Mongolian languages belongs to Altaic family of languages showing structural (and also lexical) similarities with languages of the Tungusic group of this family (e.g. Manju) and the Turkic group of this family (e.g. Turkish). Mongolian has strong vowel harmony: all vowels within one word and even all grammatical particles must be chosen from one of two vowel sets which are known as male and female or back and front vowels. Mongolian has a total of seven short vowels. There are also seven long vowels. The distinction between short and long vowels is essential as it alters the meaning: [tos] is ``grease, oil'' while [toos] is ``dust''. Besides simple short and long vowels there are also diphtongs which have duration values similar to long vowels. The stress is usually put on the first syllable if all syllables of a word are short; otherwise the stress is put on the first syllable carrying a long vowel. The set of consonants has many constraints: [r] may not occur at the beginning of a word. [f] only occurs in foreign loans and is frequently converted to [p]. [w] and [b] though phonetically different do not form an opposition on the phonological level. The same holds true for [c] and [q] ([c] as [ts]ar, [q] as [ch]ill) as well as [j] (as in [j]eep) and [z] (best described as fairly unvoiced [ds]). Both pairs are expressed by the same symbol in Classical writing and the development of different phonetical realisations is mainly due to vowel environment and dialect situation. The consonants [k] and [g] are linked to vowel harmony. In words containing back vowels, [k] changes to [x] and [g] becomes [G] (a voiced velar). Beginners frequently confuse the latter with something like a French [r].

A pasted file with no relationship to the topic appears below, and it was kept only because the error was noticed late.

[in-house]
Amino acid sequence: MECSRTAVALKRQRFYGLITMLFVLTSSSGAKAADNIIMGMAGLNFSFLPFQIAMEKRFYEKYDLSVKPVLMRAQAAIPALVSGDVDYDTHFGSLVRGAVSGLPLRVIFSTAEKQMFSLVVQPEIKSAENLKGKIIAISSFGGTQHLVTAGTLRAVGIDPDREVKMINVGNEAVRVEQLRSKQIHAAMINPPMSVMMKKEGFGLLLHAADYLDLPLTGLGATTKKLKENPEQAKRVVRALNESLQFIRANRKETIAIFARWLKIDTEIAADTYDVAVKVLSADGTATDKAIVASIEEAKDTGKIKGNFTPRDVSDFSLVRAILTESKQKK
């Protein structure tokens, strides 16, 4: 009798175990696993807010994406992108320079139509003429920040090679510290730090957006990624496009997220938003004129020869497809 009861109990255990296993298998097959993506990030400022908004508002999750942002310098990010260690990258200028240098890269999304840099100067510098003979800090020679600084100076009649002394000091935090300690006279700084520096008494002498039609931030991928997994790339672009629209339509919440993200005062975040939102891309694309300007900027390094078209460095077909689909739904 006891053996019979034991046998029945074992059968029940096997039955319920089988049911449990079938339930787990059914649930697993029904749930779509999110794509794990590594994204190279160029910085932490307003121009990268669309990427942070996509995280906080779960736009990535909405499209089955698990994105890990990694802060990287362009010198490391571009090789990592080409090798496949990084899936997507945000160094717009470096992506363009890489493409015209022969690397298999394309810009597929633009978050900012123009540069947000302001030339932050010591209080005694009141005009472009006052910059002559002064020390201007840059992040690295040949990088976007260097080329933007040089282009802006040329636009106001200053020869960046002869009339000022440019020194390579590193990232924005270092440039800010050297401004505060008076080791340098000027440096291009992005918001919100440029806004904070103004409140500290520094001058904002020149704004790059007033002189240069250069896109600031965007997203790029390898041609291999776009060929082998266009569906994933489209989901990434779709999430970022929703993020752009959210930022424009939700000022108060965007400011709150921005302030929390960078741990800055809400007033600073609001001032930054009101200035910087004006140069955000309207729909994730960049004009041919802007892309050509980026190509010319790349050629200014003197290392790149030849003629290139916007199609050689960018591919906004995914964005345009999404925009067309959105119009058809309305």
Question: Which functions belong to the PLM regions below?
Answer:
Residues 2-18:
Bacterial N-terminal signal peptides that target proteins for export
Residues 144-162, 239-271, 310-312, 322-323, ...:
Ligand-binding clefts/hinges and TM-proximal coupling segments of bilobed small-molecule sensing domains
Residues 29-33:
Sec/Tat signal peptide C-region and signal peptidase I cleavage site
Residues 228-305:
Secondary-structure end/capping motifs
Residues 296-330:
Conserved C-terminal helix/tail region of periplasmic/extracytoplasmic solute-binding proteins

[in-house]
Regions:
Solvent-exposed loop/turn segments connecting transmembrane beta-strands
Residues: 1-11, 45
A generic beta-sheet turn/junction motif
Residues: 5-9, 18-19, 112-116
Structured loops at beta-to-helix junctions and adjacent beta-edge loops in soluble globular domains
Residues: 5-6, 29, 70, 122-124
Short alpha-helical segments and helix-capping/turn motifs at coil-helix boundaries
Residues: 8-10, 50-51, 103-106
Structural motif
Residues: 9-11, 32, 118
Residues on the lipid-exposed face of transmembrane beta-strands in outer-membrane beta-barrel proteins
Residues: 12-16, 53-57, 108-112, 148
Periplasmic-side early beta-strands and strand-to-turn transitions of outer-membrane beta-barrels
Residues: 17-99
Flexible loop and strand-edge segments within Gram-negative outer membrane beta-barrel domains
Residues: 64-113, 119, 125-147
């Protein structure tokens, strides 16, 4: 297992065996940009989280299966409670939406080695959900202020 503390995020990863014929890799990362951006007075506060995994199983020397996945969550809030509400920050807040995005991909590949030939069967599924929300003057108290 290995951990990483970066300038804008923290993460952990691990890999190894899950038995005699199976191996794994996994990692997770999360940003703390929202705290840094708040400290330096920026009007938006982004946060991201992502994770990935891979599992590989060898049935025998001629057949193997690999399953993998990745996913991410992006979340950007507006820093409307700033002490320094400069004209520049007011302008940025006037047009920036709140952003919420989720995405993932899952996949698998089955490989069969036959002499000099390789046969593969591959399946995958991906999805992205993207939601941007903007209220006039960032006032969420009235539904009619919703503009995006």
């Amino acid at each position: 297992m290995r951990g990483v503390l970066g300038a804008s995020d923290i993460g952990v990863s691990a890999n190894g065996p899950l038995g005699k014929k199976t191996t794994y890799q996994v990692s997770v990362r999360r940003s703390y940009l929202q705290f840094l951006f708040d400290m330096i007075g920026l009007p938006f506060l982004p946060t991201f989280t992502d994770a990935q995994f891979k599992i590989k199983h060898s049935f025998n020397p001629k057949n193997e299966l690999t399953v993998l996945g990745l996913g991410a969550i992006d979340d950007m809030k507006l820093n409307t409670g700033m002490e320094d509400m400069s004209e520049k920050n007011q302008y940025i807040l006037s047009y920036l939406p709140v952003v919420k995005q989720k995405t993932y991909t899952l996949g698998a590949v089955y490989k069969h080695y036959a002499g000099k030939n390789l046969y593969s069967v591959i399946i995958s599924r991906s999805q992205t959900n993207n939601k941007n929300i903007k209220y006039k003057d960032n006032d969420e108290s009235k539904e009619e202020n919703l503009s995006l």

Mongolian grammar and structure

The grammar of Mongolian is quite easy: all predicates are put at the end of the sentence resulting in a S.O.P. (subject - object - predicate) structure. There are no subordinate clauses in the sense of Indo-European languages. Attributes are placed in front of the denominated entity. Indo-European style subordinate clauses (Relativsatz, etc.) are resolved as attribute constructions. Verbs can be collated to form new meanings or expand or intensify the meaning of the main verb. Verbs occur in two distinct categories: 1) the ``genuine'' or finite verb forms finish phrases, serve as predicates and can be compared to ordinary verbs of Indo-European languages; 2) all other verb forms, be they converbs (modifiers of other verbs), verbal nouns (usually translated as verbs but with the complete behaviour of nouns like the ability to form oblique cases) or the equivalents to participles and gerundial forms cannot be used to finish phrases. As a rule of thumb, a Mongolian phrase usually has numerous occurrences of verbs of the second class but only one finite verb at the end of the phrase. As an exception to this rule of thumb, under certain circumstances phrases may also end with a verbal noun as predicate. All grammatical functions and relations are expressed by suffixes which are ``glued'' to the end of a root be it noun or verb hence the term ``agglutinative language''. More than one suffix can be attached to a word: e.g. tääsh ``bag''; tääshääs ``out of the bag''; tääshääsää ``out of his/her bag''); bolgoomj ``care''; bolgoomjtoï ``with care'' -> careful (as adjective); bolgoomjtoïgoor ``acting with care'' -> doing something carefully (as adverb).